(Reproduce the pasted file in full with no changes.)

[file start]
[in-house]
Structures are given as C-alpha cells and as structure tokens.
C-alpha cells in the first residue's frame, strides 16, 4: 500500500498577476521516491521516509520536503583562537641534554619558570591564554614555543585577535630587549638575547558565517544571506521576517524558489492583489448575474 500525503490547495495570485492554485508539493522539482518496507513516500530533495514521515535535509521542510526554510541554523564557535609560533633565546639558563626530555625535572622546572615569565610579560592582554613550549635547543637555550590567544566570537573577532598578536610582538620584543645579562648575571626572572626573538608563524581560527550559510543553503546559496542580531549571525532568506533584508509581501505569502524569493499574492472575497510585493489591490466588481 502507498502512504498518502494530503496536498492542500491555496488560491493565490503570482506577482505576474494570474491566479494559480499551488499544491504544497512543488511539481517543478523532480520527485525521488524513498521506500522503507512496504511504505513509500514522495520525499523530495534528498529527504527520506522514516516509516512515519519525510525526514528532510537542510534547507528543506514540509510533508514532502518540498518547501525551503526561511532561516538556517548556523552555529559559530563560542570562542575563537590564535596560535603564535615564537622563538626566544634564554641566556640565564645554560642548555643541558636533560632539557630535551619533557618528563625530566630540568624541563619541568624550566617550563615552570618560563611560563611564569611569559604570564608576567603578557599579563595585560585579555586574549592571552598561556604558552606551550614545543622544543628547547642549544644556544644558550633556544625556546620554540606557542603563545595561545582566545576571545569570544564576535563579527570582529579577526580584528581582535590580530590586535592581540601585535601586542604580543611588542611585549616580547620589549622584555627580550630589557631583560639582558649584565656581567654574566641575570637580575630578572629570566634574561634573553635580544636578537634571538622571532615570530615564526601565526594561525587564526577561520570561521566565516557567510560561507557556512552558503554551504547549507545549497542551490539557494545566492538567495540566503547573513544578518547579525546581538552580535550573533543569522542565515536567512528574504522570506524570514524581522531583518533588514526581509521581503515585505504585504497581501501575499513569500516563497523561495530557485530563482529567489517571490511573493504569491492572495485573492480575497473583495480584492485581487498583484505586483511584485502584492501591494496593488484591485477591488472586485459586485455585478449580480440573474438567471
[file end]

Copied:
[in-house]
Structures are given as C-alpha cells and as structure tokens.
C-alpha cells in the first residue's frame, strides 16, 4: 500500500498577476521516491521516509520536503583562537641534554619558570591564554614555543585577535630587549638575547558565517544571506521576517524558489492583489448575474 500525503490547495495570485492554485508539493522539482518496507513516500530533495514521515535535509521542510526554510541554523564557535609560533633565546639558563626530555625535572622546572615569565610579560592582554613550549635547543637555550590567544566570537573577532598578536610582538620584543645579562648575571626572572626573538608563524581560527550559510543553503546559496542580531549571525532568506533584508509581501505569502524569493499574492472575497510585493489591490466588481 502507498502512504498518502494530503496536498492542500491555496488560491493565490503570482506577482505576474494570474491566479494559480499551488499544491504544497512543488511539481517543478523532480520527485525521488524513498521506500522503507512496504511504505513509500514522495520525499523530495534528498529527504527520506522514516516509516512515519519525510525526514528532510537542510534547507528543506514540509510533508514532502518540498518547501525551503526561511532561516538556517548556523552555529559559530563560542570562542575563537590564535596560535603564535615564537622563538626566544634564554641566556640565564645554560642548555643541558636533560632539557630535551619533557618528563625530566630540568624541563619541568624550566617550563615552570618560563611560563611564569611569559604570564608576567603578557599579563595585560585579555586574549592571552598561556604558552606551550614545543622544543628547547642549544644556544644558550633556544625556546620554540606557542603563545595561545582566545576571545569570544564576535563579527570582529579577526580584528581582535590580530590586535592581540601585535601586542604580543611588542611585549616580547620589549622584555627580550630589557631583560639582558649584565656581567654574566641575570637580575630578572629570566634574561634573553635580544636578537634571538622571532615570530615564526601565526594561525587564526577561520570561521566565516557567510560561507557556512552558503554551504547549507545549497542551490539557494545566492538567495540566503547573513544578518547579525546581538552580535550573533543569522542565515536567512528574504522570506524570514524581522531583518533588514526581509521581503515585505504585504497581501501575499513569500516563497523561495530557485530563482529567489517571490511573493504569491492572495485573492480575497473583495480584492485581487498583484505586483511584485502584492501591494496593488484591485477591488472586485459586485455585478449580480440573474438567471